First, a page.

Saturday, March 21, 2009

Messing with Paradise: Monk parakeets

Today, we are beginning a series of photographs documenting Florida's endangered species as well as it's exotic, non-native and invasive species.

Monk parakeet

Deerfield Beach
Photo by Mark M.


From the Florida Fish and Wildlife Conservation Commission:

First year: 1969

Established status:
Populations are confirmed breeding and apparently self-sustaining for 10 or more consecutive years

Estimated Florida range:
52 counties At least 10 years

Statewide trend:

Threats to natives:
Effects on native species is unknown. It is the most abundant naturalized parrot species and the only member of the parrot family that is not a cavity nester. Tested birds seem to be remarkably free of Newcastle and other avian diseases.

Species Account:
The Monk Parakeet is native to South America east of the Andes from Bolivia to central Argentina (Forshaw 1973). Its initial introduction date into Florida is unknown, but it has been established in the Miami area since at least 1969 (Owre 1973). By 1975, this species was reported from 30 states, but large colonies existed only in Florida, California, Illinois, and New York (Neidermyer and Hickey 1977). It is often found in city parks. Large communal stick nests built on electrical transmission structures can be a problem. These large balls of twigs are used year-round for roosting by adults and are often situated high in royal palms, cabbage palms, melaleucas, or native oaks (Florida BBA 1986-91). The species is highly gregarious, and many colonies in Dade and Pinellas counties number in the hundreds and have persisted for many years, whereas small colonies tend to be ephemeral (Florida BBA 1986-91). No eradication program has been implemented in Florida. In its native range, Monk Parakeets inhabit open woods, cultivated lands, and palm groves (de Schauensee 1970), but in Florida, they inhabits surburban areas, often feeding in large flocks at feeders or on lawns (Florida BBA 1986-91), probably on grass seeds and insects (Forshaw 1973). It is a major agricultural pest in South America (Long 1981) and may become one in Florida if it spreads to agricultural areas.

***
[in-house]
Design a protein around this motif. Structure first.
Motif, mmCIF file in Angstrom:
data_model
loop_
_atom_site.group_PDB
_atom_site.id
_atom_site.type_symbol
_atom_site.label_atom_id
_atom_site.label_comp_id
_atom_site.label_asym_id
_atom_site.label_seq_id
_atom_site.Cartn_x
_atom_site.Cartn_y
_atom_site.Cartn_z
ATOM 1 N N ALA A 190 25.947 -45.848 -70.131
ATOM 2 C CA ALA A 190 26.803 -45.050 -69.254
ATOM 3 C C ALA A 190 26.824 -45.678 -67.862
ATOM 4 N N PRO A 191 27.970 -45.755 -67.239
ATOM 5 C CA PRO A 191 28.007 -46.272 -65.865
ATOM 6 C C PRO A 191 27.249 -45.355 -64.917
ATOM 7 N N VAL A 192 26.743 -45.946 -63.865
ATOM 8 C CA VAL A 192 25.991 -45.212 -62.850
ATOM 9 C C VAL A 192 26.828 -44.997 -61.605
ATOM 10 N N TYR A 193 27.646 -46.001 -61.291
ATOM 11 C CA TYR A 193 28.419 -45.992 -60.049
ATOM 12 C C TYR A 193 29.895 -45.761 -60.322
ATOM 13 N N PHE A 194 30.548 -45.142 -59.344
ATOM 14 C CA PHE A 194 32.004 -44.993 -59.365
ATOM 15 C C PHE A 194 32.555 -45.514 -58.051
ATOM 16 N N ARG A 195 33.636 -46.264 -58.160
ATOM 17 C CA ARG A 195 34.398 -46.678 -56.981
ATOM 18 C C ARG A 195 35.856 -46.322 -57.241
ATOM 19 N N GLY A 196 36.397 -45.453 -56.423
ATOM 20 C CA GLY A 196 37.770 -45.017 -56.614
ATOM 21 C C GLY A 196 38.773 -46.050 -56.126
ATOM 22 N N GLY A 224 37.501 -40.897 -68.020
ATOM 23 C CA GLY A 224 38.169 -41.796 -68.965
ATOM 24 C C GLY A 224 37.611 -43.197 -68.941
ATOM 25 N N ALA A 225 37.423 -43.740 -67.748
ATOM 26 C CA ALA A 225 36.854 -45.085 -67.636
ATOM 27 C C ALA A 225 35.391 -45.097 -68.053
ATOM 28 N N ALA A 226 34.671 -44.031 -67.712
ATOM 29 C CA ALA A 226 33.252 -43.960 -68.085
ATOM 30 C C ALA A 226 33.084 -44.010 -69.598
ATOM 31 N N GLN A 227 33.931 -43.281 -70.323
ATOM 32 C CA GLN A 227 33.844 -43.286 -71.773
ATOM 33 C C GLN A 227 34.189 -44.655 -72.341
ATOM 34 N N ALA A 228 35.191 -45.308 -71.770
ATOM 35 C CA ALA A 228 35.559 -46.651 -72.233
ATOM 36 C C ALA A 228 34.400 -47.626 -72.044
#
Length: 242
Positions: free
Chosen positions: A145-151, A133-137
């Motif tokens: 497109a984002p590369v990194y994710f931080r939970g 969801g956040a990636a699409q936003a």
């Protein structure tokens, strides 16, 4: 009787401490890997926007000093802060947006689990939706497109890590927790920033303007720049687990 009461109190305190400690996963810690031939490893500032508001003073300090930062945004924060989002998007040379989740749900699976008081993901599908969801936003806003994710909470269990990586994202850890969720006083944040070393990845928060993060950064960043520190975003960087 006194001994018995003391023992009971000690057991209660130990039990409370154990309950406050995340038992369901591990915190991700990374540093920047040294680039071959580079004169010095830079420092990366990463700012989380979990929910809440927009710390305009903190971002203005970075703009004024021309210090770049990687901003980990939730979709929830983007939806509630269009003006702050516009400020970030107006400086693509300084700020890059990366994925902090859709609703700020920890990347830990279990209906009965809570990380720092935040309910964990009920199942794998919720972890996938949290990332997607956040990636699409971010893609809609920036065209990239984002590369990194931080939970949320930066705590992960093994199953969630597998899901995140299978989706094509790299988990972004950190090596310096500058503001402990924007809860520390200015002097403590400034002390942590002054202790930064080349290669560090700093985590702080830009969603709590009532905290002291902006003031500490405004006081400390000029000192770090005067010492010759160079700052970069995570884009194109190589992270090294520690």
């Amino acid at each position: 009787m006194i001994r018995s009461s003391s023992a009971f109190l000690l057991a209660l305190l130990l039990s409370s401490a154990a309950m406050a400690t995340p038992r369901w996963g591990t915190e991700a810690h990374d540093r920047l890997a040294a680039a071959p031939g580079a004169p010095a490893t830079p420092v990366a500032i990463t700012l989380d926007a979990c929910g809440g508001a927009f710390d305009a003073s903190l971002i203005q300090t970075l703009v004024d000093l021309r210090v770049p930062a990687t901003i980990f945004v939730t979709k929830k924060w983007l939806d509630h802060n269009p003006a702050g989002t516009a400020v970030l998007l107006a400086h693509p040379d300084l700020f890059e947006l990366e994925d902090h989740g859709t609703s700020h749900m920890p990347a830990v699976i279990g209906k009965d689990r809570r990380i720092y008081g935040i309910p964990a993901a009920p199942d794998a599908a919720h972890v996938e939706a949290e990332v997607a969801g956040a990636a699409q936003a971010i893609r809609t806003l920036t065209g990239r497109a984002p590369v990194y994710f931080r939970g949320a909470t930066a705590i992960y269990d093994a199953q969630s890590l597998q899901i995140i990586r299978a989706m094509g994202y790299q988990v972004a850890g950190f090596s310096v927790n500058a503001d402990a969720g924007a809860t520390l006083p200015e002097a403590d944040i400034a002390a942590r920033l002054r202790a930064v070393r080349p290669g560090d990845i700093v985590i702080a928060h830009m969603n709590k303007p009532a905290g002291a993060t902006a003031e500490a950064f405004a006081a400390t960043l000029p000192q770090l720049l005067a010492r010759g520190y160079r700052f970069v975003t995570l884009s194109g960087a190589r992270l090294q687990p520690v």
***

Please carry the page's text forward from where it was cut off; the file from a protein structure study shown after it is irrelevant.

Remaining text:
Central or core urban area, Low density suburban development, areas peripheral to core urban areas, and small towns.

Local note: We have a local colony in St. Augustine but I have never been able to find them.

1 comment:

MightyMom said...

so they're camera shy too...otherwise they would come and pose for you!

think somone bought a couple to keep as pets then released them thus starting the trend??